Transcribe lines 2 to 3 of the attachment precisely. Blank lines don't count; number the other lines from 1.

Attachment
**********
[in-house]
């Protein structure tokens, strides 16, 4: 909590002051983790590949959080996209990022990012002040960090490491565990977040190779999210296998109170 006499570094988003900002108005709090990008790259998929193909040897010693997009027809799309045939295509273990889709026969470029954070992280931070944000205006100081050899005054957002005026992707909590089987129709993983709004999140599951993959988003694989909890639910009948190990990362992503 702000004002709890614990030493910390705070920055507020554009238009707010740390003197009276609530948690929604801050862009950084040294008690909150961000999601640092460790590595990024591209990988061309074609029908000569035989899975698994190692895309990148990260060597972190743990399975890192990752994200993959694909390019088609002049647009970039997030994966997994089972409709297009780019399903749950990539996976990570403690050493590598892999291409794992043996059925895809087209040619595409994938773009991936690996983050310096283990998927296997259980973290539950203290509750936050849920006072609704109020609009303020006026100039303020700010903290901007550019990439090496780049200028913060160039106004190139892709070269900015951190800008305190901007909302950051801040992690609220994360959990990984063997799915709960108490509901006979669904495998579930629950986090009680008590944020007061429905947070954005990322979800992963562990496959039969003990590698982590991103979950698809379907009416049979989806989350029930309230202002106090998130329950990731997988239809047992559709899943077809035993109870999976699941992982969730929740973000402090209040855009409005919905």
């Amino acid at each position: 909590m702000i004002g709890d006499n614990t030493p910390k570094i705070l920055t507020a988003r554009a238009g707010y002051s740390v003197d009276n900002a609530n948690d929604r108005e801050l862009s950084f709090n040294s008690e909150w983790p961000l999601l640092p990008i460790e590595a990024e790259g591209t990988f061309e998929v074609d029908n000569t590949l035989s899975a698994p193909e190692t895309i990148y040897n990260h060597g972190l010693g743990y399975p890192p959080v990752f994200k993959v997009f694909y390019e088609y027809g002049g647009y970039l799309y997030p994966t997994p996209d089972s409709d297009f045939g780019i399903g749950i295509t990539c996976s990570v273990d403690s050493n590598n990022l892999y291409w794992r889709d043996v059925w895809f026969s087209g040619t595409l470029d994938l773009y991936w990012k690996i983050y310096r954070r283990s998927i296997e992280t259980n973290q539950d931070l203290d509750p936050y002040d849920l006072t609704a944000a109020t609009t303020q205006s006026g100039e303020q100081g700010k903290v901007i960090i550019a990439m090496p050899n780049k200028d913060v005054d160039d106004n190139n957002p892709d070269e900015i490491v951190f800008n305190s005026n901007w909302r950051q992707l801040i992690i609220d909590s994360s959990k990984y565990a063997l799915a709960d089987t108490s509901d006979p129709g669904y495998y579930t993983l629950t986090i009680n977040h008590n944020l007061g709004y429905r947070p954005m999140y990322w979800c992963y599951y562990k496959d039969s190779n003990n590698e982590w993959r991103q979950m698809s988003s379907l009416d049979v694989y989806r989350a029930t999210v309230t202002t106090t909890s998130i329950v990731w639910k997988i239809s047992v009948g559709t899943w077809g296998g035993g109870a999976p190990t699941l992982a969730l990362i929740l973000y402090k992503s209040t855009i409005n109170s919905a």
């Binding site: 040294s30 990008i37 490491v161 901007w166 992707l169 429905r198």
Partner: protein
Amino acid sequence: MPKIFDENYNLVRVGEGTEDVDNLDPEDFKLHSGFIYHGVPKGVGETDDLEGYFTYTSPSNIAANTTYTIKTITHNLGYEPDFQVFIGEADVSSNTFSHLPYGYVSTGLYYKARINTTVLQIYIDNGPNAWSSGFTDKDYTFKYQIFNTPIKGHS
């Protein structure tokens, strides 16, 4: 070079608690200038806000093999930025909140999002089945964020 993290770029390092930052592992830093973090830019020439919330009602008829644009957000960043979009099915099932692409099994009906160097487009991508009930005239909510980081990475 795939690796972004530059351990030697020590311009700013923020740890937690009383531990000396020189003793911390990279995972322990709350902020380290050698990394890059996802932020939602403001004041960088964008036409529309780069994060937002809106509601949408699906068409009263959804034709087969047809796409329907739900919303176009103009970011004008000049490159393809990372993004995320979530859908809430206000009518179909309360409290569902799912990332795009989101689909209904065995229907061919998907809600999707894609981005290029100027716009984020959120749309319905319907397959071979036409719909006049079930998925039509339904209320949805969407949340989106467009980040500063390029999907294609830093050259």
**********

């Protein structure tokens, strides 16, 4: 909590002051983790590949959080996209990022990012002040960090490491565990977040190779999210296998109170 006499570094988003900002108005709090990008790259998929193909040897010693997009027809799309045939295509273990889709026969470029954070992280931070944000205006100081050899005054957002005026992707909590089987129709993983709004999140599951993959988003694989909890639910009948190990990362992503 702000004002709890614990030493910390705070920055507020554009238009707010740390003197009276609530948690929604801050862009950084040294008690909150961000999601640092460790590595990024591209990988061309074609029908000569035989899975698994190692895309990148990260060597972190743990399975890192990752994200993959694909390019088609002049647009970039997030994966997994089972409709297009780019399903749950990539996976990570403690050493590598892999291409794992043996059925895809087209040619595409994938773009991936690996983050310096283990998927296997259980973290539950203290509750936050849920006072609704109020609009303020006026100039303020700010903290901007550019990439090496780049200028913060160039106004190139892709070269900015951190800008305190901007909302950051801040992690609220994360959990990984063997799915709960108490509901006979669904495998579930629950986090009680008590944020007061429905947070954005990322979800992963562990496959039969003990590698982590991103979950698809379907009416049979989806989350029930309230202002106090998130329950990731997988239809047992559709899943077809035993109870999976699941992982969730929740973000402090209040855009409005919905």
């Amino acid at each position: 909590m702000i004002g709890d006499n614990t030493p910390k570094i705070l920055t507020a988003r554009a238009g707010y002051s740390v003197d009276n900002a609530n948690d929604r108005e801050l862009s950084f709090n040294s008690e909150w983790p961000l999601l640092p990008i460790e590595a990024e790259g591209t990988f061309e998929v074609d029908n000569t590949l035989s899975a698994p193909e190692t895309i990148y040897n990260h060597g972190l010693g743990y399975p890192p959080v990752f994200k993959v997009f694909y390019e088609y027809g002049g647009y970039l799309y997030p994966t997994p996209d089972s409709d297009f045939g780019i399903g749950i295509t990539c996976s990570v273990d403690s050493n590598n990022l892999y291409w794992r889709d043996v059925w895809f026969s087209g040619t595409l470029d994938l773009y991936w990012k690996i983050y310096r954070r283990s998927i296997e992280t259980n973290q539950d931070l203290d509750p936050y002040d849920l006072t609704a944000a109020t609009t303020q205006s006026g100039e303020q100081g700010k903290v901007i960090i550019a990439m090496p050899n780049k200028d913060v005054d160039d106004n190139n957002p892709d070269e900015i490491v951190f800008n305190s005026n901007w909302r950051q992707l801040i992690i609220d909590s994360s959990k990984y565990a063997l799915a709960d089987t108490s509901d006979p129709g669904y495998y579930t993983l629950t986090i009680n977040h008590n944020l007061g709004y429905r947070p954005m999140y990322w979800c992963y599951y562990k496959d039969s190779n003990n590698e982590w993959r991103q979950m698809s988003s379907l009416d049979v694989y989806r989350a029930t999210v309230t202002t106090t909890s998130i329950v990731w639910k997988i239809s047992v009948g559709t899943w077809g296998g035993g109870a999976p190990t699941l992982a969730l990362i929740l973000y402090k992503s209040t855009i409005n109170s919905a």